Before we can answer the question of whether the earth is a living organism and what that means, we have to study many subjects in sufficient detail. At the moment, a living earth is too much for most scientists to grasp and accept, but perhaps as students of the ancient wisdom we can place this idea philosophically in a wider context, thereby giving some hope to those who already feel in their hearts that greater truths exist. We may point out the Buddhist wisdom that there is no separateness and therefore nothing exists that does not have the nature of all other things within it. That means that if we humans have within our being, besides our physical principle, a life force, intelligence, desire principle, and the ability to become at one with the divine, this must also be true for every other thing within the universe, including Mother Earth. As streams of vitality flow through every cell of our body, so must this be true for the earth, the solar system, or the infinitesimal world of the atom. Of course, every single entity within infinitude has its own place, stage of evolution, grade of consciousness, and innate characteristics, and though identical in essence, no two beings, whether men or planets, are identical in manifestation.

In the sciences, serious minds are making efforts to understand more universal truths in their particular fields of focus. Each of us has a responsibility to deepen and enlarge today's discussion and understanding of the fundamental truths of nature by pondering the meaning of our own areas of interest. Too often there are gaps in language and understanding between science and other fields. To overcome this, we need to study the facts and theories of modern science in the context of universal traditions, religious, philosophical, and scientific, and carry the background of our studies in our hearts and minds. We should take care at all times to avoid being superficial, vague, or biased. Acquiring this background requires self-improvement through silent study and putting our ideals and beliefs into practice. The other side of our task, as I see it, is going actively into the world to help wherever we can, practically, philosophically, and scientifically. Such a combined effort would assist in a real way the evolution and welfare of humanity.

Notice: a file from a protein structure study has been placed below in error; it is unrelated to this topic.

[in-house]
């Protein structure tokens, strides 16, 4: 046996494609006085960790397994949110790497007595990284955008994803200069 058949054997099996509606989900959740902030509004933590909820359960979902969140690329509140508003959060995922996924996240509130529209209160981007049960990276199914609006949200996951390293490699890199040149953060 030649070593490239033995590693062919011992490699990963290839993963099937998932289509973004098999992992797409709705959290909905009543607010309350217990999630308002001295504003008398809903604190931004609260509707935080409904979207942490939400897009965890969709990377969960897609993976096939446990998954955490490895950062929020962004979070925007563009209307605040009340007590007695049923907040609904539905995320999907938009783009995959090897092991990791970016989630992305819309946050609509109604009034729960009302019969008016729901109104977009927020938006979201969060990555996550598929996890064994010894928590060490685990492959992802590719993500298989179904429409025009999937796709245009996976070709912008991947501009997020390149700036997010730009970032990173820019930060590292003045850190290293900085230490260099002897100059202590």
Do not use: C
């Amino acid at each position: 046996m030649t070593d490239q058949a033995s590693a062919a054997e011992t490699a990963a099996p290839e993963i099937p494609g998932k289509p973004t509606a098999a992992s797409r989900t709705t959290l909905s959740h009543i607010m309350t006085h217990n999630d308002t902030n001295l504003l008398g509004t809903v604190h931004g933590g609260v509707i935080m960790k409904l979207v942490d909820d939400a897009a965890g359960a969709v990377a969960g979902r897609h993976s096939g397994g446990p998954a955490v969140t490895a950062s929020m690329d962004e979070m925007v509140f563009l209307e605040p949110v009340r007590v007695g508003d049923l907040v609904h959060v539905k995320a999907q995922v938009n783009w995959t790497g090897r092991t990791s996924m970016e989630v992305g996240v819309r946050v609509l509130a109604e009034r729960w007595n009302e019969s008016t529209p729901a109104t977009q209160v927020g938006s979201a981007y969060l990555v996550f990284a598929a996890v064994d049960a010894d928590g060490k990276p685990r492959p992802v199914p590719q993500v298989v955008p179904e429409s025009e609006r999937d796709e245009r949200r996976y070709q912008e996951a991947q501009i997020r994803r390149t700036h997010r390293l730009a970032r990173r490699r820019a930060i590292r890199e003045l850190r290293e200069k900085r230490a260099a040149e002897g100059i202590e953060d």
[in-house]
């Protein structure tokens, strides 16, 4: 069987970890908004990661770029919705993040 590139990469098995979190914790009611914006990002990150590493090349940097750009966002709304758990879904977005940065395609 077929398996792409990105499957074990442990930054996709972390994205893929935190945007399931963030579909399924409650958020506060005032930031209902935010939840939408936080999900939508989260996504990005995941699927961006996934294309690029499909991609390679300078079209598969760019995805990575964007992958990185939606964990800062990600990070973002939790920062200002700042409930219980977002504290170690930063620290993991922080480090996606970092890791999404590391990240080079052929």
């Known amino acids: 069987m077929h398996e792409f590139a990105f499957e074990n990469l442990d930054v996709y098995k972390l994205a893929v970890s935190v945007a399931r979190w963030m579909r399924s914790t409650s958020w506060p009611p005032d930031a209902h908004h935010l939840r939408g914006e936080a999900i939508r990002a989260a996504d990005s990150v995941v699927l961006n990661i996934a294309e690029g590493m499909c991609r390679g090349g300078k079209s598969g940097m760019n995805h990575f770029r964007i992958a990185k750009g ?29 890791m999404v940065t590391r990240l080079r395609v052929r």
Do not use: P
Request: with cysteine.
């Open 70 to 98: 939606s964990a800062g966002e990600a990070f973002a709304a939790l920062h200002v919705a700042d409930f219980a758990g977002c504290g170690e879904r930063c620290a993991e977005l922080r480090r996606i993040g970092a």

(From Sunrise magazine, February/March 2005; copyright © 2005 Theosophical University Press)

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Nothing is rich but the inexhaustable wealth of Nature. She shows us only surfaces, but she is a million fathoms deep. -- Ralph Waldo Emerson